Richard Mille RM 50-03 Tourbillon Split-Seconds Chronograph Ultralight McLaren F1
Richard Mille RM 50-03 Tourbillon Split-Seconds Chronograph Ultralight McLaren F1

The Richard Mille RM 50-03 Tourbillon Split-Seconds Chronograph Ultralight McLaren F1 is the lightest split-seconds chronograph in the world weighing in at a mere 40 grams. Since getting into Formula One Richard Mille has endorsed a few F1 teams and has signed a few drivers as official ambassadors, and last year, the company announced a 10-year partnership with McLaren-Honda. The record-breaking 50-03, a manually-wound tourbillon with hours, minutes, a split-seconds chronograph with a 30-minute totalizer, and power reserve, plus torque and function indicators controlled by the crown, is the first co-branded watch.

TAG Heuer Monaco V4 Tourbillon

In the movement of the TAG Heuer Monaco V4 Tourbillon very thin and strong V-belts have taken over the job of traditional cogs. The result is a true symbiosis of car and watch technology. Furthermore, the design of the watch was inspired by the legendary Porsche 917 endurance racing car. The belt drive of the watch resembles the characteristic turbo drive on top of the 917’s 12-cylinder boxer engine, although the Monaco V4 has four and the Porsche just one.

Rebellion T-1000 Gotham

The Rebellion T-1000 Gotham is a bit like a picture puzzle. Brake discs, pedals, suspension components; name a car part and Rebellion – also a car racing stable and loyal participant in the 24 Hours of Le Mans with their prototypes – has transformed it into a watch component.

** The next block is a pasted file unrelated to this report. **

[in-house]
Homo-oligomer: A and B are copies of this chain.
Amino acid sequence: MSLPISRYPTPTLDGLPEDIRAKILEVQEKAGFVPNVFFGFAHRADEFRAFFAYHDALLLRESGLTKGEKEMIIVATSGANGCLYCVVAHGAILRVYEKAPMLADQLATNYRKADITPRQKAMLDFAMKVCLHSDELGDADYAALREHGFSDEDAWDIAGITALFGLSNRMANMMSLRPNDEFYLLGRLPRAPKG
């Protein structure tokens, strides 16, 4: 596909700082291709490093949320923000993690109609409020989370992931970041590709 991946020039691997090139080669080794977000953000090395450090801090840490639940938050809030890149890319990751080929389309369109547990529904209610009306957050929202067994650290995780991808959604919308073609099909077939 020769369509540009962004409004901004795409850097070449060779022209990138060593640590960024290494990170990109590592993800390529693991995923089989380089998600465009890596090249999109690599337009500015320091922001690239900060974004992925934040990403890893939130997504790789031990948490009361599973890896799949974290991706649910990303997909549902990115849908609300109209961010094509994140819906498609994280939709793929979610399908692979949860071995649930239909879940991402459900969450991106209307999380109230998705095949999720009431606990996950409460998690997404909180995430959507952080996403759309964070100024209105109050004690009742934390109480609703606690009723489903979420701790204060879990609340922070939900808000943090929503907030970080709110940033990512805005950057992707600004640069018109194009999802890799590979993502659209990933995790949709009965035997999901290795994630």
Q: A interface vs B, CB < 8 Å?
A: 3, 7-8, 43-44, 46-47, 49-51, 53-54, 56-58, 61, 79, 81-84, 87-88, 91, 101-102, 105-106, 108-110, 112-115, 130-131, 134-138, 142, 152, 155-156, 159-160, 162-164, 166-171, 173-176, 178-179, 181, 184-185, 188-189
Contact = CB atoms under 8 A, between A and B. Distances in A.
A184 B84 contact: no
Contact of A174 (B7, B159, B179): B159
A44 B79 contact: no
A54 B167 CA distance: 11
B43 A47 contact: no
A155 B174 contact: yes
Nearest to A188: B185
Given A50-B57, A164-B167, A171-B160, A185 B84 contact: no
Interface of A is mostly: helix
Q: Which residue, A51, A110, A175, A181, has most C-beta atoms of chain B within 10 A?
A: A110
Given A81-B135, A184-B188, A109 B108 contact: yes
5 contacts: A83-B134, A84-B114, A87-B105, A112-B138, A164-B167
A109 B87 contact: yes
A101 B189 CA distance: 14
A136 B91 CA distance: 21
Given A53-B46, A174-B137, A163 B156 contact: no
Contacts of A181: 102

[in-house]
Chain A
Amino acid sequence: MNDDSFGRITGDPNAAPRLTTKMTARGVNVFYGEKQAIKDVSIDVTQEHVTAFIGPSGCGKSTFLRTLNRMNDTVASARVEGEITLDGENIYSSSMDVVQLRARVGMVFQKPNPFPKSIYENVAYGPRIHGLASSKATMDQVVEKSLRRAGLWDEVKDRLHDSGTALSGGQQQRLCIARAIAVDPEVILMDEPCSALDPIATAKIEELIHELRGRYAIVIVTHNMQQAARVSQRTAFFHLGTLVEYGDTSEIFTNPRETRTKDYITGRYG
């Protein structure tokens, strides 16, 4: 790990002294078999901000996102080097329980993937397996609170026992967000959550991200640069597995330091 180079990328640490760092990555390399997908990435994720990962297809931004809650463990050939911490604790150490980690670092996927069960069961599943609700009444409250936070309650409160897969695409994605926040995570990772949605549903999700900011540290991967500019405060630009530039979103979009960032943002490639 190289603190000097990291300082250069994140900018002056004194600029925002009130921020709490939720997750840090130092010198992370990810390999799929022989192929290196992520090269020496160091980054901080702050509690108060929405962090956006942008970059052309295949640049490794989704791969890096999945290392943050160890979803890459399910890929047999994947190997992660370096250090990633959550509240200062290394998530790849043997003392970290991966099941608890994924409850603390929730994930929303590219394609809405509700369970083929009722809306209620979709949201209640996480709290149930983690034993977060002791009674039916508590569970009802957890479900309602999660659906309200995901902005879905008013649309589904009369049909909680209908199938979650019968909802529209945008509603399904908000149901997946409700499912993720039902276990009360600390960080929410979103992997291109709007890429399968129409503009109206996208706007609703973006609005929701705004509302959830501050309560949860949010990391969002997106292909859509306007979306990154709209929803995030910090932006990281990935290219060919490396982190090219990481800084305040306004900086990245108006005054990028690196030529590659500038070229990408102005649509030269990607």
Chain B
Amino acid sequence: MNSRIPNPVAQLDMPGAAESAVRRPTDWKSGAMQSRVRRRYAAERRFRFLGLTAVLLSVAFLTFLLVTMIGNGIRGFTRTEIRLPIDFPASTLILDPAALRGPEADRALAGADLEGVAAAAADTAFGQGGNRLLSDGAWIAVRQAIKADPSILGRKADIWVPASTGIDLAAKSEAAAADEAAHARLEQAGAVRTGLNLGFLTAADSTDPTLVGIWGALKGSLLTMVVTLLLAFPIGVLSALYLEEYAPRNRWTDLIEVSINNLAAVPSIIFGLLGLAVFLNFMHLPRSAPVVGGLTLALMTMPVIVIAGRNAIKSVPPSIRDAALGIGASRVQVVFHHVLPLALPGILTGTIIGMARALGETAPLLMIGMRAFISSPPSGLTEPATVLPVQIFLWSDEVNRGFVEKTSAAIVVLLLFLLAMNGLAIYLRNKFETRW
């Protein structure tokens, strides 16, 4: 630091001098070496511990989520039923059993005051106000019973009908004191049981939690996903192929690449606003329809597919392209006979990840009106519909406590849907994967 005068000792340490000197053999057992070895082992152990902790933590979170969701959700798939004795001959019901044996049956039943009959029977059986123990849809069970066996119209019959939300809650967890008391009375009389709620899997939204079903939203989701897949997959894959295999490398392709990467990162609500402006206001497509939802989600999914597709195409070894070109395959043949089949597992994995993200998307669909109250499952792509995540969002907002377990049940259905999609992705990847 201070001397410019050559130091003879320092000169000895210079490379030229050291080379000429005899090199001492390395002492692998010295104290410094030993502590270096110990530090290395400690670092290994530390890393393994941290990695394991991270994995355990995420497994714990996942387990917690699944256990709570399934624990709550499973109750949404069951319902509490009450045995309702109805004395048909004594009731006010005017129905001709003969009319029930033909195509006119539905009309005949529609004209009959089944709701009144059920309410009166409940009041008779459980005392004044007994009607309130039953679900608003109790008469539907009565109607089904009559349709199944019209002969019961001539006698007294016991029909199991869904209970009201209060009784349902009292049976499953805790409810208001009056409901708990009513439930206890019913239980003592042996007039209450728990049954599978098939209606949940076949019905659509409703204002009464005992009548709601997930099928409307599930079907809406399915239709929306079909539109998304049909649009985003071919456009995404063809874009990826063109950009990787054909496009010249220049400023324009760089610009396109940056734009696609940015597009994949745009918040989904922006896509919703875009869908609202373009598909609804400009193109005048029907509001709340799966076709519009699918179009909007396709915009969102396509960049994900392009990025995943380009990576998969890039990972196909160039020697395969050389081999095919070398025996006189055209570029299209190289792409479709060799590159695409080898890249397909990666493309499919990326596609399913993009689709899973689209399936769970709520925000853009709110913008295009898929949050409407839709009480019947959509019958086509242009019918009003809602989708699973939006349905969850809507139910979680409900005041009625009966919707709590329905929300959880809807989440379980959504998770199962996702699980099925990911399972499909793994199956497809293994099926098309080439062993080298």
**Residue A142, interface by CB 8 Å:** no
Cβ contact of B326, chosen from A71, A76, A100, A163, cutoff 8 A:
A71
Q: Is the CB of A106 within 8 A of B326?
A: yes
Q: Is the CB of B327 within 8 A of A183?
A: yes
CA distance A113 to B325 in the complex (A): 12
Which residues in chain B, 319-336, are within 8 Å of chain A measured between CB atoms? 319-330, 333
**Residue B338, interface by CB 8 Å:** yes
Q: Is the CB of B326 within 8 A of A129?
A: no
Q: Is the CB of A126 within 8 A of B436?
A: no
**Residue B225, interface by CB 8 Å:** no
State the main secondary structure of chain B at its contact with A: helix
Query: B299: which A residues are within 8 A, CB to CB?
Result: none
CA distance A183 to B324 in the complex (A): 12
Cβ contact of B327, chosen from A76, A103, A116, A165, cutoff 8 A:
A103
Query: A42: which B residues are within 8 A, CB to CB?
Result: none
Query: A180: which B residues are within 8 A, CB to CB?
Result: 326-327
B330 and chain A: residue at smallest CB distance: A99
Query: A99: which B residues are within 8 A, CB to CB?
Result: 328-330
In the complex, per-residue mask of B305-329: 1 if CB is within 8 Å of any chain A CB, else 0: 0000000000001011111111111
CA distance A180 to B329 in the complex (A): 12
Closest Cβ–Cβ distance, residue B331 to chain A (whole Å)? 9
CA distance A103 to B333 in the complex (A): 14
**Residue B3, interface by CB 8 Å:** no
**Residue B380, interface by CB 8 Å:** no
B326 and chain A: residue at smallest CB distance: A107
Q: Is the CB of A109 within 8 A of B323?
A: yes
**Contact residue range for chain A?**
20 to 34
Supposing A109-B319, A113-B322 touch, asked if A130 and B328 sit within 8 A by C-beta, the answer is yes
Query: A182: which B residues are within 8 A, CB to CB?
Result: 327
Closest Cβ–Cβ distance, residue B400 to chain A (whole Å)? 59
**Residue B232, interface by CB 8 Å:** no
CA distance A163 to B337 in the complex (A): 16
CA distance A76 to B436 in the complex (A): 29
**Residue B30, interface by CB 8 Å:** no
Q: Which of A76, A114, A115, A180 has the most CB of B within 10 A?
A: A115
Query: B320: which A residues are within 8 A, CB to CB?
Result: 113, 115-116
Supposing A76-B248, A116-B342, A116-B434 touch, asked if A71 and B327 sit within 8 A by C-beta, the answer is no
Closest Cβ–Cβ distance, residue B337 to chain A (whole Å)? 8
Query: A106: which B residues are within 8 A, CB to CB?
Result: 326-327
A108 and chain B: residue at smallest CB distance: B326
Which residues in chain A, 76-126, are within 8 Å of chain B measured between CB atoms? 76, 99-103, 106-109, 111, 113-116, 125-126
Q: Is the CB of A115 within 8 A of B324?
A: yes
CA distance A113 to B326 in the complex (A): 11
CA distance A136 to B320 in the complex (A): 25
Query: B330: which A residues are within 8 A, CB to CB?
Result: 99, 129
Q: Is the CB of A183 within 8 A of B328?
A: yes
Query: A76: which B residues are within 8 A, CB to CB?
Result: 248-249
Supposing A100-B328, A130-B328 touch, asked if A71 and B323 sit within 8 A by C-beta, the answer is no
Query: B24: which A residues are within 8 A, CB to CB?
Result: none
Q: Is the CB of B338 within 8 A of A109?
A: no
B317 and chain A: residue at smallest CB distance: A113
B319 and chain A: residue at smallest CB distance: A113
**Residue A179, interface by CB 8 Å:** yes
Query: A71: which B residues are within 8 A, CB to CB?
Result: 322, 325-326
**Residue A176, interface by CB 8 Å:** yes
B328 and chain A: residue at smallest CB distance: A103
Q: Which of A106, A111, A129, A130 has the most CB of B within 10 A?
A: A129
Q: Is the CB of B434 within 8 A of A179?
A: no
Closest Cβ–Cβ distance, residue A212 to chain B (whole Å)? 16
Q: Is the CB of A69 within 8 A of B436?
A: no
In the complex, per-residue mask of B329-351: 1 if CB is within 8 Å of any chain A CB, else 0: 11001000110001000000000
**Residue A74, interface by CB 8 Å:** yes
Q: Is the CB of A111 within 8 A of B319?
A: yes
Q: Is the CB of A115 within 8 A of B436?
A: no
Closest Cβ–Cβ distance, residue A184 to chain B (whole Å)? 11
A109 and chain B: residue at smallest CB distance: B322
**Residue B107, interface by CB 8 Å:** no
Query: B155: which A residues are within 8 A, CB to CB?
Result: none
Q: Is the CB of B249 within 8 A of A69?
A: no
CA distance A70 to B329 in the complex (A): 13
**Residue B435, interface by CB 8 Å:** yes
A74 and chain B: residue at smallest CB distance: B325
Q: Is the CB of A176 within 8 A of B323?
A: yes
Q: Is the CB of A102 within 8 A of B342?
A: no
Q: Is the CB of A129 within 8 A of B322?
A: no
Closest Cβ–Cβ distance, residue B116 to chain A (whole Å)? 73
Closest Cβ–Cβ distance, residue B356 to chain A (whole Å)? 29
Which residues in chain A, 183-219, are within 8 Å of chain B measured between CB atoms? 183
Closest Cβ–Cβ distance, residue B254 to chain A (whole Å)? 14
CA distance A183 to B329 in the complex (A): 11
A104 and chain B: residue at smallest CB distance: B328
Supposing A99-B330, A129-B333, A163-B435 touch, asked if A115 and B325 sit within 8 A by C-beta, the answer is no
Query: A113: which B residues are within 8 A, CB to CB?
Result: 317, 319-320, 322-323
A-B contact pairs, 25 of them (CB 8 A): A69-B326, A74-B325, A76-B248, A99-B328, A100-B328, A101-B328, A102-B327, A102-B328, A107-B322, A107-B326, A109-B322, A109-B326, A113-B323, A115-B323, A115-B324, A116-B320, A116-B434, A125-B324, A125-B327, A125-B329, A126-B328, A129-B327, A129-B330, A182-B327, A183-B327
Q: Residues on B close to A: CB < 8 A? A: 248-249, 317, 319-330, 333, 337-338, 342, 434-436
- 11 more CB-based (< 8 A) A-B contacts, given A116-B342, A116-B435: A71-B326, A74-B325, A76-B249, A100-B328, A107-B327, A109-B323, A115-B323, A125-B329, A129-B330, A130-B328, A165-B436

BRM Records TB
BRM Records TB

The French Bernard Richards Manufacture only makes watches with automotive DNA. Imagine hands and clasps with holes drilled in them to save weight like a classic Mercedes-Benz SSKL, or the colours of famous racing teams. As a result the BRM Records TB, made of titanium, steel and carbon fibre, looks more like a dashboard instrument from a vintage sports car.

Ralph Lauren 45mm Automotive

Car collector Ralph Lauren has recently become a watch producer as well. Lauren’s pièce de résistance is the 1938 Bugatti Type 57SC Atlantic Coupé and the dashboard of this car served as the source of inspiration for the Ralph Lauren 45mm Automotive. The inlaid wood of the dial and the numerals are also found in the iconic Bugatti.

jaeger-lecoultre-amvox2-transponderWith the Jaeger-LeCoultre AMVOX2 Transponder you open the Aston Martin with the push of a button and the chronograph is activated by pushing on the crystal.

Tags : ChopardJaeger-LeCoultreRalph LaurenRebellionRichard MilleTAG HeuerWatches & Cars
Lex Stolk

The author Lex Stolk

Lex Stolk studied Journalism in Utrecht and it was during his time as a student he developed a passion for mechanical watches. He has spent his entire career in the publishing industry working for a wide range of publications before entering the watch world professionally seven years ago. His work for several watch publications made it possible for him to combine his love for both watches and magazines.